Historic America

McClellan’s Forgotten Campaign

After Confederates fired on Fort Sumter in April 1861, no one was sure what would happen next. When Virginia seceded in May, a young Union general named George B. McClellan invaded northwestern Virginia. Few remember this minor campaign, but it launched him to national fame and notoriety.

When Virginia voters ratified the decision of its secession convention on May 23, 1861, Richmond had already been proclaimed the Confederate capital and militia units were mobilizing. As commander of the Department of the Ohio, Union Maj. Gen. George B. McClellan invaded northwestern Virginia under the pretext of protecting unionists there. Western counties would later vote to secede from Virginia and form the state of West Virginia.

McClellan sent 3,000 volunteer troops into Virginia under the overall command of Brig. Gen. Thomas A. Morris. Opposing them were approximately 800 poorly trained and equipped militia commanded by Col. George A. Porterfield gathered at the town of Grafton. Porterfield retreated to Philippi as the Union army advanced. Morris divided his force into two columns, which converged on Philippi and the Confederates camped there.

Skirmish at Philippi

Before dawn on June 3rd, the Confederates were sheltering from the rain in their tents and were almost taken completely by surprise, if not for a local woman firing her pistol at the Union troops. The Confederates broke and ran with Morris’ men in hot pursuit, leading Northern journalists to call the fight the “Races at Philippi”.

Col. Benjamin Franklin Kelley, who would later become commander of the Department of West Virginia and a major general, commanded the Union 1st Virginia Infantry Regiment and was seriously wounded in the fight, though his men captured the abandoned Confederate baggage train. Kelley was one of the first Union officers wounded in the war.

Confederate forces lost 26 killed or wounded in their ignominious defeat. Union casualties amounted to four killed or wounded.

Battle of Belington / Laurel Hill

Following the defeat at Philippi, Brig. Gen. Robert S. Garnett took command of Confederate forces in western Virginia and fortified two key mountain passes: one at Laurel Mountain leading to Leadsville and the other at Rich Mountain to Beverly. Lt. Col. John Pegram commanded a smaller force at Camp Garnett in Rich Mountain, while Garnett stayed at Camp Laurel Hill with 4,000 men.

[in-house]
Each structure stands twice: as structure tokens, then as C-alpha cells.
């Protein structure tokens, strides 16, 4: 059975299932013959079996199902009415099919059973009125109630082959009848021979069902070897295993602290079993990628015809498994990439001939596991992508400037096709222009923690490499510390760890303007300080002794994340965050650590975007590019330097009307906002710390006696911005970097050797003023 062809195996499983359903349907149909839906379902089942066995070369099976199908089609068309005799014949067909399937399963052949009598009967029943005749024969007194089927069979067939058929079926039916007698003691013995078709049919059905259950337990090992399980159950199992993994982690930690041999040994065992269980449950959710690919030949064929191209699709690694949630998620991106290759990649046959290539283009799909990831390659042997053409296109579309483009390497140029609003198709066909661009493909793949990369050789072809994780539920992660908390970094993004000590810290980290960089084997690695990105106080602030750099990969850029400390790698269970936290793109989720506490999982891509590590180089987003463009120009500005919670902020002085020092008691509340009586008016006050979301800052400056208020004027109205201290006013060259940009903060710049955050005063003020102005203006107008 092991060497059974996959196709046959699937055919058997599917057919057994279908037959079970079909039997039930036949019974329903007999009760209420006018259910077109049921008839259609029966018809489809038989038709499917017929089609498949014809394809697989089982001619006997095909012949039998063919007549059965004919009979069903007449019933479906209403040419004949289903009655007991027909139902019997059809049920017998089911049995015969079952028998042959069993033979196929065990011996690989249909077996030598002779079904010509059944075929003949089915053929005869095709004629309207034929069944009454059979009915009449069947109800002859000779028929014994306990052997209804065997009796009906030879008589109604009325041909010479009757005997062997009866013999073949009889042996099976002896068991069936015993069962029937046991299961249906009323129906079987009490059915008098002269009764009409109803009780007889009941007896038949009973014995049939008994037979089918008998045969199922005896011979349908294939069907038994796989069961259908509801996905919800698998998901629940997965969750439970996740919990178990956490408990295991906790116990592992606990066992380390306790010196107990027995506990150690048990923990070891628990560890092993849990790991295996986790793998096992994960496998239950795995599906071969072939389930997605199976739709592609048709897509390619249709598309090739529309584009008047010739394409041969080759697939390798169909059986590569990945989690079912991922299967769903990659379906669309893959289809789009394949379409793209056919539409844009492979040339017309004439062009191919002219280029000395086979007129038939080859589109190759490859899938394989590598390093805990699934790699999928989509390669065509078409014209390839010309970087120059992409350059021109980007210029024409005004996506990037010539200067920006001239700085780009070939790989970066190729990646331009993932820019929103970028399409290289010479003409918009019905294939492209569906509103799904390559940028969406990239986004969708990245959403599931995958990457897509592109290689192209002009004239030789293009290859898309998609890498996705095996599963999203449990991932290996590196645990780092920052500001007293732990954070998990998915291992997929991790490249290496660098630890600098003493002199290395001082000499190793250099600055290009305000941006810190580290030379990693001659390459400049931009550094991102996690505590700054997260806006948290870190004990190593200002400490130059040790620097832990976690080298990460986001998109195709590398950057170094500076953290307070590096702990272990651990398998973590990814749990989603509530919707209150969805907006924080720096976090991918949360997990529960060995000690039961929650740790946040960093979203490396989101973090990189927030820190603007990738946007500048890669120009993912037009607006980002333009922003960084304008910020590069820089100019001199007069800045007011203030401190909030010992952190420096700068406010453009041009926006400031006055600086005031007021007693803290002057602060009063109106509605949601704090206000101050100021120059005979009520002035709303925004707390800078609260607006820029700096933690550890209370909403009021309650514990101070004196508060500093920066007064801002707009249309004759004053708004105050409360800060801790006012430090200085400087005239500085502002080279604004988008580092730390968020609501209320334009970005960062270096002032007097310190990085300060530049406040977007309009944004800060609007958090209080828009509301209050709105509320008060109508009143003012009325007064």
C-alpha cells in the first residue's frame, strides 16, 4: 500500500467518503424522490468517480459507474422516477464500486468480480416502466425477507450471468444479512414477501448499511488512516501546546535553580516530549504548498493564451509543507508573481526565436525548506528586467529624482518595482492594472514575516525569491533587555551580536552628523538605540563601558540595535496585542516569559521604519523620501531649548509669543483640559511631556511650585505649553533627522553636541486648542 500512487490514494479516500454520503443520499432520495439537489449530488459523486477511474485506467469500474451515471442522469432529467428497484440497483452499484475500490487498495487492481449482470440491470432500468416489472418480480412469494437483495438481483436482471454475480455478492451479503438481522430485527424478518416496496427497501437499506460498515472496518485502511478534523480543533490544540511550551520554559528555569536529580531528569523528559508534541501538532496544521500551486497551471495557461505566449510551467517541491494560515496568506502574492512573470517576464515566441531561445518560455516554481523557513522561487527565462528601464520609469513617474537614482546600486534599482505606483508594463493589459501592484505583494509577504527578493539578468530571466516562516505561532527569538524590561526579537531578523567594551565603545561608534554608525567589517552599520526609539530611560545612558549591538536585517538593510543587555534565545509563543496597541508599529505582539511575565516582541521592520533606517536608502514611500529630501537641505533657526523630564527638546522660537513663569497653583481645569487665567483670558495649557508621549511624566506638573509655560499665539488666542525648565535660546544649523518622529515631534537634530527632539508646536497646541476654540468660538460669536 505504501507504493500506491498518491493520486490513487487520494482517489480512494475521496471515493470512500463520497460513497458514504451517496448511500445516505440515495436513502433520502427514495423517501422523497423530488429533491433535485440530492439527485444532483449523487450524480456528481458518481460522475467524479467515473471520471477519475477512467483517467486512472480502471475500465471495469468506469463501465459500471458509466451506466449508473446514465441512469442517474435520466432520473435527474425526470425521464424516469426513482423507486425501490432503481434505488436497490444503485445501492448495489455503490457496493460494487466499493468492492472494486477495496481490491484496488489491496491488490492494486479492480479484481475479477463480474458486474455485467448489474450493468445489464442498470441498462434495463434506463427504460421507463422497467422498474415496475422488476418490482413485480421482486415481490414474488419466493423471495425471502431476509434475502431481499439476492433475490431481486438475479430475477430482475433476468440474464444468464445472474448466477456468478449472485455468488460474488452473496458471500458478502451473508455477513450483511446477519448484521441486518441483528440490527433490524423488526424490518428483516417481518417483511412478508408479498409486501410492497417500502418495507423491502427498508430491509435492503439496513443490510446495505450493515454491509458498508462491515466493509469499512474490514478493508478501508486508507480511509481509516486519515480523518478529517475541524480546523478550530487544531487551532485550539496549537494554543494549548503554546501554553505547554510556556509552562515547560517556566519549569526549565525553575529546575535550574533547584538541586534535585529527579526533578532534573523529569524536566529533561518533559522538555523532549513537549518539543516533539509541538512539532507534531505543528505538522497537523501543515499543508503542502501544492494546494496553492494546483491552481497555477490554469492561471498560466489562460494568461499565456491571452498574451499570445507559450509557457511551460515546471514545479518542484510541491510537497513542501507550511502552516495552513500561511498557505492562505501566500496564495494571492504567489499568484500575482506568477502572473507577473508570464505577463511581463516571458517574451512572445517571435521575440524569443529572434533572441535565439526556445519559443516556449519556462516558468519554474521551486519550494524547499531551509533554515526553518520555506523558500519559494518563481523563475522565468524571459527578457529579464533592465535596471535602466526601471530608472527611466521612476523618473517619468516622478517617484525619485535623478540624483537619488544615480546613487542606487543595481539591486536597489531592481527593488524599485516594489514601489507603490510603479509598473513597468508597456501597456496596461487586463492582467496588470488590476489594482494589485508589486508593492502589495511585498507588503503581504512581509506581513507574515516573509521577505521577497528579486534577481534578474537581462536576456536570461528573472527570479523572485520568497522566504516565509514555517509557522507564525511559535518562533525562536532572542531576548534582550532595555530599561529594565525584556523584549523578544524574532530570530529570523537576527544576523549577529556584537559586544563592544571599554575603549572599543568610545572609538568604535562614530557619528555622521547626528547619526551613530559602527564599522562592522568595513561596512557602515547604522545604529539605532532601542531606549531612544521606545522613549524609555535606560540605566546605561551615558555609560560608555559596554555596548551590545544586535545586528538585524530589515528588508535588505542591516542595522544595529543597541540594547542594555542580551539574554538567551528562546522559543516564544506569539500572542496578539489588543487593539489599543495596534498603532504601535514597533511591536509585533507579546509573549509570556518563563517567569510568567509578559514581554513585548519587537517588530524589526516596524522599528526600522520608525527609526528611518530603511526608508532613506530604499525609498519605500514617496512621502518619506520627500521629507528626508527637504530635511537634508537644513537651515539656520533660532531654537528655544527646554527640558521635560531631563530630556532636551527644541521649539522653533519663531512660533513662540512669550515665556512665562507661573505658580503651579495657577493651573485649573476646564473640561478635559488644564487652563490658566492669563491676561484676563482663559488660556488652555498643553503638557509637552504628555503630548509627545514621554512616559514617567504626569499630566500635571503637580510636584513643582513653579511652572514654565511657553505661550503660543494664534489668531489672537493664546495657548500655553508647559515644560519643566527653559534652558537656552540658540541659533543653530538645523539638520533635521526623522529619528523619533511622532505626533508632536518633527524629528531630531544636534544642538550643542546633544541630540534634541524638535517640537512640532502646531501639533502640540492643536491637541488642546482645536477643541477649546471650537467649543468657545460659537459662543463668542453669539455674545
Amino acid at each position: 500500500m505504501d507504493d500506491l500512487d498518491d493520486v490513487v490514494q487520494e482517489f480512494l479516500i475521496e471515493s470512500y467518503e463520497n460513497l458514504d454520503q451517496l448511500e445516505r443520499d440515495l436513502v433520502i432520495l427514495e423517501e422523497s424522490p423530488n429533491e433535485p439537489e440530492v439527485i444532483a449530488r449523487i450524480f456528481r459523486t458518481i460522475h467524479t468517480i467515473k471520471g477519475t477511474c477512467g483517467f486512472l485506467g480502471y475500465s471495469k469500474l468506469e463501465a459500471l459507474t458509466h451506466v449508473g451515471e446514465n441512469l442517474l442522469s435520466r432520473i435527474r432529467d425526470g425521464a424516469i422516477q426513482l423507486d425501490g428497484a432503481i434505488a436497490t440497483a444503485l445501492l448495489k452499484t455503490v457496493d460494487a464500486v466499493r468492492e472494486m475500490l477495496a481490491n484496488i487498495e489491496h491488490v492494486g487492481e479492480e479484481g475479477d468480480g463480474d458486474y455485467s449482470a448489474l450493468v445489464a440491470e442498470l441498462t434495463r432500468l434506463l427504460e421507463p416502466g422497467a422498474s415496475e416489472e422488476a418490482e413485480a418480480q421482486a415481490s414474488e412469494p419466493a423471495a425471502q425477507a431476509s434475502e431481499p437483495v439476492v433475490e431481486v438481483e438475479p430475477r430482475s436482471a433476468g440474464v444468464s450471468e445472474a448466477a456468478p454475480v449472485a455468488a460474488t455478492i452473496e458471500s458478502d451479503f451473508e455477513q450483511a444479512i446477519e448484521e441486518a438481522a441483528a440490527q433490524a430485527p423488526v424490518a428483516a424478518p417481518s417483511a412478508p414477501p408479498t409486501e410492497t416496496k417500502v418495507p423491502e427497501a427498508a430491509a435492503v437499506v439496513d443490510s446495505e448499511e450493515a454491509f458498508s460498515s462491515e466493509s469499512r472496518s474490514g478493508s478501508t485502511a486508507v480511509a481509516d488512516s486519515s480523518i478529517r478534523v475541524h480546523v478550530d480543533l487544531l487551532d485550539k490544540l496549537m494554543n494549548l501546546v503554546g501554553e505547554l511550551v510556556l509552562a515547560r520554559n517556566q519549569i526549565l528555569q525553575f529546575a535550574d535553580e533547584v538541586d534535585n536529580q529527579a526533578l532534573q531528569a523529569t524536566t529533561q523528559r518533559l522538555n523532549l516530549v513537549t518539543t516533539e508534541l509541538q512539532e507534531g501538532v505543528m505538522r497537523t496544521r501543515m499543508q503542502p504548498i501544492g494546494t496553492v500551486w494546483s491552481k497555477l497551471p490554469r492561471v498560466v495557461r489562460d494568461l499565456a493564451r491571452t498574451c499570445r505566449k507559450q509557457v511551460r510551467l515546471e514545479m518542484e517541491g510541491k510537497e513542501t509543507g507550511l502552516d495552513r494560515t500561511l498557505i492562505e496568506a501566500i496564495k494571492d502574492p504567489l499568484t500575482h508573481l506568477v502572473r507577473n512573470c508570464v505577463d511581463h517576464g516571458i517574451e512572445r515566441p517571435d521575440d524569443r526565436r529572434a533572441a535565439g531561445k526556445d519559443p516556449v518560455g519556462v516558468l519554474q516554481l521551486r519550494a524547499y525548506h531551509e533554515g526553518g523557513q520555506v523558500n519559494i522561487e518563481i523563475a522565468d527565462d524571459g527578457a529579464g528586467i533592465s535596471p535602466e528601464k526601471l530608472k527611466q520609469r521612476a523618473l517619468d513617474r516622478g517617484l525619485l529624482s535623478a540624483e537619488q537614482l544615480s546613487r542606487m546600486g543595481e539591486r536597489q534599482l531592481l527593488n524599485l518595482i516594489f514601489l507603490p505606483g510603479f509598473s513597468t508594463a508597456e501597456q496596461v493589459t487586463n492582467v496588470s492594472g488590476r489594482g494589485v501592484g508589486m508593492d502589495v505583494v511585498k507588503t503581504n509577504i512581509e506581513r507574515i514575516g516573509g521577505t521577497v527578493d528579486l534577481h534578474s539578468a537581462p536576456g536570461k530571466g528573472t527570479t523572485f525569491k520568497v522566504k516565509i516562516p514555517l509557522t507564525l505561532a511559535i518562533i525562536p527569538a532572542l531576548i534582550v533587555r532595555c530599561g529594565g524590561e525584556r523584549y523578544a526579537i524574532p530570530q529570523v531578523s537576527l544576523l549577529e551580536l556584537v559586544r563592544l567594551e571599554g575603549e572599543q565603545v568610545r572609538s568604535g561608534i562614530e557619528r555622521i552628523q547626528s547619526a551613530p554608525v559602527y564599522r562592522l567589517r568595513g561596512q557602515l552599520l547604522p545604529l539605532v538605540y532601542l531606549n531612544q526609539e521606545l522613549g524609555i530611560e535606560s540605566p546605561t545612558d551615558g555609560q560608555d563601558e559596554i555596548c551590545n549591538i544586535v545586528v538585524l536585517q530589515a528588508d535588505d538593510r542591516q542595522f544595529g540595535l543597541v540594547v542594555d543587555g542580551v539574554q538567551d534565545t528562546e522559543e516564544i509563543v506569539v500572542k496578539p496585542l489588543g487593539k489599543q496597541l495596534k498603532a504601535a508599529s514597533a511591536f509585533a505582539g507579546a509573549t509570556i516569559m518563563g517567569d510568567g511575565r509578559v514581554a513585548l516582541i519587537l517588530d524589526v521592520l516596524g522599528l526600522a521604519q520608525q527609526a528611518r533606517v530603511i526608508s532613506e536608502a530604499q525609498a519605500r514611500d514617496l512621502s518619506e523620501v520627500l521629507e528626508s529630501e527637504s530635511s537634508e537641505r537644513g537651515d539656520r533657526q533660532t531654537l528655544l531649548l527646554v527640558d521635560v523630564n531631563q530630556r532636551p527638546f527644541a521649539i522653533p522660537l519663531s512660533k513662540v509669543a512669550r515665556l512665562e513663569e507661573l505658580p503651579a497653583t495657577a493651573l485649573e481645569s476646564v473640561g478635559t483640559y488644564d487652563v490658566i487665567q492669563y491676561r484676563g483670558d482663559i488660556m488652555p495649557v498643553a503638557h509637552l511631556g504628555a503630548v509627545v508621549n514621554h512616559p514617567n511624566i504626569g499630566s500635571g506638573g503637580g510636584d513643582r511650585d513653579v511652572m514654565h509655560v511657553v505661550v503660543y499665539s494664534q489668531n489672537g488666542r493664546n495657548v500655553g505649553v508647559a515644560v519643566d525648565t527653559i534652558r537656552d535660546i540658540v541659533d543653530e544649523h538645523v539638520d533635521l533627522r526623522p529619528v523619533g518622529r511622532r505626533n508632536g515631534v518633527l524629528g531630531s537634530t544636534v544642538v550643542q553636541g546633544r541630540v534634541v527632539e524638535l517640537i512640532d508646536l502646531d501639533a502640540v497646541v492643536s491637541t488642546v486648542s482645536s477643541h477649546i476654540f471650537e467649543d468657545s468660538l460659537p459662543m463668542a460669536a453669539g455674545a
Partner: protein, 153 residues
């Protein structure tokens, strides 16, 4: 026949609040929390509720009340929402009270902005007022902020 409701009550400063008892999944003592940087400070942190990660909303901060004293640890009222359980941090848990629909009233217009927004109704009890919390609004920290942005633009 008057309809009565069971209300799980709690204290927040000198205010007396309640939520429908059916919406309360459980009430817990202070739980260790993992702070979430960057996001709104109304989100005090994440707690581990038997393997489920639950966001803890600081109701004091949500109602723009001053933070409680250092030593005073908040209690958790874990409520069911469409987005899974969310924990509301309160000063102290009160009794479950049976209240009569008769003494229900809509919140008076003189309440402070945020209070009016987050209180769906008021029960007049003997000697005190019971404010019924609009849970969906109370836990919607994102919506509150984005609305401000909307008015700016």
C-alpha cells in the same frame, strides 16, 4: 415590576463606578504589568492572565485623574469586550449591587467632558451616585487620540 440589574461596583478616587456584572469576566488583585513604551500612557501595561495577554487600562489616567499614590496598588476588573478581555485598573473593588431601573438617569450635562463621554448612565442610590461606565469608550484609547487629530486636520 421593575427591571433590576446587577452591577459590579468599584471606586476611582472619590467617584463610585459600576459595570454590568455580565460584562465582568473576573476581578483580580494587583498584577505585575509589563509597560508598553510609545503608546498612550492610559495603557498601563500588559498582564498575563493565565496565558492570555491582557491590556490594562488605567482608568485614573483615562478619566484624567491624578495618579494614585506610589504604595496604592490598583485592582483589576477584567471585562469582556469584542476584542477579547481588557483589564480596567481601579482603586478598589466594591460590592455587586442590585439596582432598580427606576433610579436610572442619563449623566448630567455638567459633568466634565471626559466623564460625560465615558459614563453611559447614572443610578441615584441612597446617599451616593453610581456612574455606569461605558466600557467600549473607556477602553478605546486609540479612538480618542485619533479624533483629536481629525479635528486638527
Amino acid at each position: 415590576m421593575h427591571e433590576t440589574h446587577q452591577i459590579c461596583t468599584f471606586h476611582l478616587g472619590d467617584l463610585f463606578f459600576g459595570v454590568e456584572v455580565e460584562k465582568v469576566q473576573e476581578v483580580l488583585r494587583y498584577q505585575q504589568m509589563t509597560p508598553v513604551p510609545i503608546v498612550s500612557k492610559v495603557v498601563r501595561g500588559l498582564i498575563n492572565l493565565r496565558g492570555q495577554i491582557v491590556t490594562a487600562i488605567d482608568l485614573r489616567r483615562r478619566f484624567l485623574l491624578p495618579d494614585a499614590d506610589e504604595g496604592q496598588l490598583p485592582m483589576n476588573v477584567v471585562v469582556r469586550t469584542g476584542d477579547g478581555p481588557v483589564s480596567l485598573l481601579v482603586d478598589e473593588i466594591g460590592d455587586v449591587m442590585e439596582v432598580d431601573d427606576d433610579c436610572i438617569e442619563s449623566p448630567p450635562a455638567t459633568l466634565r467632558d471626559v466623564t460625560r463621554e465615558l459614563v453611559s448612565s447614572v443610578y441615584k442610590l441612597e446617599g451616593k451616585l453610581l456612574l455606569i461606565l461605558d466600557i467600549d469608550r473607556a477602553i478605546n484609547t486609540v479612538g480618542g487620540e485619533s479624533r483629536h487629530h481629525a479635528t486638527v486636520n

On July 7, Brig. Gen. Morris arrived with his 3,500-man brigade and made camp in nearby Belington (where he soon received reinforcements, bringing his total to 4,000). The two sides skirmished for several days. McClellan ordered Morris to “amuse” his opponent and prevent him from reinforcing Rich Mountain.

Casualty estimates from these five days of fighting are hard to come by, since contemporary accounts tended to exaggerate, but the number of killed and wounded may have been as high as two dozen on either side. Confederate forces held out until the 11th, when they slipped away under cover of night to avoid being surrounded.

Battle of Rich Mountain

McClellan brought 5,000 men and eight cannon within two miles of Camp Garnett, where he permitted Brig. Gen. William S. Rosecrans and approximately 2,000 men to conduct a flanking attack, guided by a 22-year-old local unionist named David Hart. On the afternoon of July 11th, Rosecrans’ men surprised, assailed, and eventually overwhelmed the Confederate rearguard on Hart’s family farm.

Lt. Col. Pegram realized he was nearly surrounded, so he ordered a quick retreat under cover of darkness. He and his men eventually surrendered when they realized they couldn’t escape through the mountains. Three hundred Confederates were killed or wounded at Rich Mountain. In contrast, Union forces sustained 46 casualties.

Battle of Corrick’s Ford

Following defeat at Rich Mountain, Brig. Gen. Robert Garnett attempted to retreat from his camp on Laurel Hill to Beverly, but was misinformed about a Union presence there and fled northeast toward the Cheat River. “They have not given me an adequate force,” Garnett lamented. “I can do nothing. They have sent me to my death.” His words would be prophetic.

On July 13th, Garnett arrived at Corrick’s Ford on the Cheat River with 4,500 men. As they crossed, Thomas Morris’ brigade attacked, and while looking for another route to escape across the river, Garnett was shot and killed. His army abandoned its wagons, cannon, and supplies and fled.

Twenty Confederates were killed or wounded, including Garnett, who was the first general officer to fall in battle during the Civil War. Six hundred went missing and probably deserted. In contrast, Union forces sustained 53 casualties.

In six weeks, Union forces drove the Confederates completely out of northwestern Virginia and destroyed an entire army (albeit a small one). Despite hardly being present at any of the fighting, 34-year-old George B. McClellan was hailed as a hero for his victory and given command of the Military Division of the Potomac on July 26, 1861. He would go on to become one of the most controversial commanders of the war.

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